Question: Where can one find information on which areas of mathematics are represented at which of the more than 20 universities in the Democratic People's Republic of Korea (DPRK), and on which mathematicians are working there?
The DPRK is a country with a population of about 25 million people, and it is industrialised to a degree which has permitted it to successfully construct nuclear weapons and ICBM's. So one would expect that there are a decent number of mathematicians working at its universities.
However as the country operates an intranet of its own, not much from there is visible from the open internet. -- So in particular Google will not help much further here. Also, most results by researchers from the DPRK are published only in national journals, and mathematicians from the country cannot be found in the Mathematics Genealogy Database. On the other hand, people in the DPRK who need the internet for their work do have access, but with some sites blocked and email possibly monitored.
Edit: The possibly most interesting source available on the open internet I found so far is NKScholar. -- But firstly articles posted on that site are paywalled with prices in local currency, and secondly the site is Korean-language only -- so I can't tell how much one can really find there. Maybe someone else can tell more.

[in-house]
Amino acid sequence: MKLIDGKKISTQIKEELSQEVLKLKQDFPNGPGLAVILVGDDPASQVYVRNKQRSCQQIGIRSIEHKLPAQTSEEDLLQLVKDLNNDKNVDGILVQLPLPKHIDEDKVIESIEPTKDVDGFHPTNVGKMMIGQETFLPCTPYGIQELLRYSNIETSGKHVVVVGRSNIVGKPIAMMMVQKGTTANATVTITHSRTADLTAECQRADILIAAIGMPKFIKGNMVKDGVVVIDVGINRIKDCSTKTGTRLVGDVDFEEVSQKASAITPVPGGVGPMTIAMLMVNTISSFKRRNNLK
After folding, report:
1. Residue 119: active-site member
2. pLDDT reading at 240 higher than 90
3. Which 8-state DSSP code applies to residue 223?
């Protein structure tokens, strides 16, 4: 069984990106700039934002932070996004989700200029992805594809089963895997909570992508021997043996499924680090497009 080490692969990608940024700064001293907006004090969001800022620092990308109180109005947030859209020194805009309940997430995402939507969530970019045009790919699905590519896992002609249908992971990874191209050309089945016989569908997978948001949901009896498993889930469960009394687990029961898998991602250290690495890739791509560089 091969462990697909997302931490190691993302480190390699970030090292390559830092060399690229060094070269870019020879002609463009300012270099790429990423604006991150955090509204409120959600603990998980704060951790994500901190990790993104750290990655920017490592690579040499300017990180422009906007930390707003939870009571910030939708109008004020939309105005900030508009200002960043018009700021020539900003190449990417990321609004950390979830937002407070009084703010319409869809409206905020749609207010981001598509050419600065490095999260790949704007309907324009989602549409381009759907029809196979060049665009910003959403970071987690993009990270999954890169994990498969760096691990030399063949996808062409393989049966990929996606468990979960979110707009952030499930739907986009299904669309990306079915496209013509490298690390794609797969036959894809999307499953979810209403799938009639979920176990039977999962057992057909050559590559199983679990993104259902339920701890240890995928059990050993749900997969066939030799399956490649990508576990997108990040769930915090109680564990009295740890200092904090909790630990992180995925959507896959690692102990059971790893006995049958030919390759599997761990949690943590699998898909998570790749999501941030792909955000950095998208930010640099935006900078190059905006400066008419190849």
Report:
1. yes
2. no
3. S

Added on Jan 22, 2019: As to the publications from the DPRK which have appeared in international journals: there are so far 118 articles with at least one author based in the DPRK which have reviews in MathSciNet. Of these, 101 are from the year 2012 or later. The articles touch 34 two-digit MSC numbers, and have been written by more than 100 distinct authors (where the exact number of the latter is not easy to determine due to slightly varying romanizations of names etc.) based at about 20 distinct institutions, mostly located in Pyongyang, the capital of the country. Among these articles, 41 have been co-authored with colleagues from China, 9 have been co-authored with colleagues from Germany and 4 have been co-authored with colleagues from other countries. The areas represented best are MSC 35: Partial differential equations and MSC 76: Fluid mechanics (together 47 papers) -- but also e.g. MSC 11: Number theory, MSC 16: Associative rings and algebras, MSC 26: Real functions, MSC 37: Dynamical systems and ergodic theory, MSC 53: Differential geometry, MSC 54: General Topology and MSC 55: Algebraic topology are represented with several papers, each. Given that there are almost as many distinct authors as there are papers, given the breadth of the areas covered and given that it doesn't seem likely that the country's mathematicians have started to work all of a sudden barely a decade ago, what is visible in MathSciNet seems merely like the tip of an iceberg to me -- which emphasizes the question about the "rest".